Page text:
Two Gentlemen of Verona ★★★☆☆

twogentlemenofverona (Custom)This review is written with a GPL 4.0 license and the rights contained therein shall supersede all TOS by any and all websites in regards to copying and sharing without proper authorization and permissions. Crossposted at WordPress, Blogspot & Librarything by Bookstooge’s Exalted Permission
Title: Two Gentlemen of Verona
Series: ———-
Author: William Shakespeare
Rating: 3 of 5 Stars
Genre: Play, Comedy
Pages: 84
Words: 24K

 

Synopsis:

Two young friends, Valentine and Proteus, go their separate ways as Valentine wants adventure and Proteus wants to woo a local girl, Julia. Valentine heads to Milan.

Proteus father sends him to Milan as well, as he’s afraid of Proteus becoming a namby-pamby wuss. Proteus and Julia vow undying love for each other and Proteus gives Julia a ring as his troth.

Valentine and Proteus are united in Milan. Valentine, who excoriated Proteus for falling in love and allowing his love for Julia to keep him home, has fallen in love with Silvia, the Duke of Milan’s daughter. The Duke has other plans for her though, ie, to marry her to Thurio, a rich man from another city state. Valentine tells Proteus that he and Silvia will steal away and secretly get married. Proteus has himself fallen in love with Silvia and betrays Valentine to the duke.

Valentine is banished and ends up becoming King of the Outlaws, a noble group of men who have been unjustly banished and rob the rich from Milan.

Proteus, under the cover of pretending to help Thurio, woos Silvia himself. She scorns him as a base man who betrayed not only his friend but his lover Julia and also his vows to her. Meanwhile Julia has secretly left Verona to find Proteus and becomes his squire, dressed as a page. She see’s Proteus infidelity and vows to get him back.

Silvia runs away rather than marry Thurio and gets captured by the Noble Outlaws and taken to Valentine. Everyone else is chasing her and also get captured by the Outlaws. Valentine challenges Thurio to a duel for Silvia and Thurio declines, as he has no love for Siliva. The Duke is disgusted, gives his blessing to Valentine and Silvia’s nuptials. Julia faints and Valentine discovers who she is. He and Proteus make up, as Proteus realizes his behavior has been abominable and repents. Valentine then reveals that his page is Julia. The Duke pardons everyone and they all head off for a double wedding in Milan.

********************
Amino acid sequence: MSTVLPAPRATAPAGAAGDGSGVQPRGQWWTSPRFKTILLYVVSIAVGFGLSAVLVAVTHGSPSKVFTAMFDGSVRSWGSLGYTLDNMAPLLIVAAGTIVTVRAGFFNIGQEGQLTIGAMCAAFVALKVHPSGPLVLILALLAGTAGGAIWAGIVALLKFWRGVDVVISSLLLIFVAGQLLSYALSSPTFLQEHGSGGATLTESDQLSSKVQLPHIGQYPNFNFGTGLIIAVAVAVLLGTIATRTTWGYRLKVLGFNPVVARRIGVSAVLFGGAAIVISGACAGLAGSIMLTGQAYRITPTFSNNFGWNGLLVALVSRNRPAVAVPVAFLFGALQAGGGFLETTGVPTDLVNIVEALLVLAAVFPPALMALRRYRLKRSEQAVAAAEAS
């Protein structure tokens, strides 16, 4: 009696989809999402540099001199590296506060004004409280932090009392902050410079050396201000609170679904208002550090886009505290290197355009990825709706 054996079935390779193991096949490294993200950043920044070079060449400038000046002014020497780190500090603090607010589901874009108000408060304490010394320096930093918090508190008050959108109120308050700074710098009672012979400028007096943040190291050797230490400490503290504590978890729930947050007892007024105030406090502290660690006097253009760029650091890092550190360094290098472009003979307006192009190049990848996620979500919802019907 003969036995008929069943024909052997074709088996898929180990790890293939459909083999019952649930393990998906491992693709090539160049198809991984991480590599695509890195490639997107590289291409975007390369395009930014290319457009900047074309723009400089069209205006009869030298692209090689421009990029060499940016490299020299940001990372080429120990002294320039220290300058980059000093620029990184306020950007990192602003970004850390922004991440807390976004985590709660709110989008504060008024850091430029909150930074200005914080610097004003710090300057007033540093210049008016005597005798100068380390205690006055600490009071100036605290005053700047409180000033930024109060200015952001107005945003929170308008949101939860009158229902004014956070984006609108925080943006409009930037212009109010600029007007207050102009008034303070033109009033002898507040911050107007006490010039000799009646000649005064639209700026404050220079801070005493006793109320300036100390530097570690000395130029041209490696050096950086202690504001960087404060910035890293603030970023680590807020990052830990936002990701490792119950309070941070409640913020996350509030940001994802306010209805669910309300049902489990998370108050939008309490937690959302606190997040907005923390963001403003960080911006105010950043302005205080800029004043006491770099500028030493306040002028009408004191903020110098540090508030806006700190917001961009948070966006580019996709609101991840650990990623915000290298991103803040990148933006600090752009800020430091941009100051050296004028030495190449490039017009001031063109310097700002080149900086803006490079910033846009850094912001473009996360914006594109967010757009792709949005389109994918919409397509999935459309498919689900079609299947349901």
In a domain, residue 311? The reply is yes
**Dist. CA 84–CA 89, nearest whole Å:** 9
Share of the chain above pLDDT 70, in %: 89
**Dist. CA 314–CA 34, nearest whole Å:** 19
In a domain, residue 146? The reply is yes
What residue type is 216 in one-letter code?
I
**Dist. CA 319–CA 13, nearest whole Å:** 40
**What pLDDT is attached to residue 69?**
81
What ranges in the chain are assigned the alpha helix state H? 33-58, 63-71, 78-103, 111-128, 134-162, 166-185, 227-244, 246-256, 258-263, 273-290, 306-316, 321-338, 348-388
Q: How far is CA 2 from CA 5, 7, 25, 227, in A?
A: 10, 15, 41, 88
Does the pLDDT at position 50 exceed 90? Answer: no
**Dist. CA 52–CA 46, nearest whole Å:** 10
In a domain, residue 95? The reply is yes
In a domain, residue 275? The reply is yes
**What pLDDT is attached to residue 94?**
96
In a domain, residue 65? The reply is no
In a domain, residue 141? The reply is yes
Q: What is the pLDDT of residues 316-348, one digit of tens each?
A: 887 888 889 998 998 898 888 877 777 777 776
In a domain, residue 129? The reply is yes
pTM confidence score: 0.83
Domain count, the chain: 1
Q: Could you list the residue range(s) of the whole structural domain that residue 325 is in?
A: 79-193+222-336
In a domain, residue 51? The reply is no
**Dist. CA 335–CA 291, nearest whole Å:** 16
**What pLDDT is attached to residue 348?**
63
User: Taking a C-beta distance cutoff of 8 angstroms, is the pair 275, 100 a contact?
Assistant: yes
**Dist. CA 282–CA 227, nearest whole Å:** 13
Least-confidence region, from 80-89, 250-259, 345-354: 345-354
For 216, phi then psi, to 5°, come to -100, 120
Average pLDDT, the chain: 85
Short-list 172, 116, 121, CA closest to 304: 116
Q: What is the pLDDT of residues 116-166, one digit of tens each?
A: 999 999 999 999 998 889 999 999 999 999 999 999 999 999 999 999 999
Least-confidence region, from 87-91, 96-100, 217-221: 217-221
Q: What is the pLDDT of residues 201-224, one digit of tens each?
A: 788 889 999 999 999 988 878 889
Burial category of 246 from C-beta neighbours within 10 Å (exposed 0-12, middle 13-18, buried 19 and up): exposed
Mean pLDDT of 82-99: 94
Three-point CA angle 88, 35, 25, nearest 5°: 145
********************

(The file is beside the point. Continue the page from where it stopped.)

My Thoughts:

Part way through this play I turned to Mrs B (as is our wont, we were sitting on our couch side by side reading) and said “I just don’t like Shakespeare’s plays. She nodded and agreed. The low-brow humor that Shakespeare uses just doesn’t appeal to either of us.

That being said, I have no intention of stopping. These plays are foundational to Literature as we know it and yes, that is Literature with a Capital L. I don’t plan on becoming a Shakespeare expert by any means, but I do want to have a passing familiarity with them.

One of the things that has bothered me about these plays is how characters can change at the drop of a hat. For example, in this play Proteus proclaims undying love for Julia and then wham, suddenly he’s destroying his own and his friend’s life for another woman. Then at the end of the play suddenly he reverts back to loving Julia. I’m beginning to realize that that is simply how a play operates. It isn’t a book with all the time that a book has. It is a play and many of the things that we expect from a book simply aren’t possible in a play. I don’t like it but I am beginning to be able to accept it. For me, that is a big step forward.

★★★☆☆

 

bookstooge (Custom)

 

21 thoughts on “Two Gentlemen of Verona ★★★☆☆

  1. Yeah, reading a play is always really hard. So much of the nuance that would be present in a novel is missing, because the playwright depended on the actor to provide the nuance. So reading a play is almost like reading a summary of the novel instead of reading the full book. Still, I 100% agree that even when I don’t like something Shakespeare does I want to read all of his plays. As you say, they are too foundational to our culture to ignore them.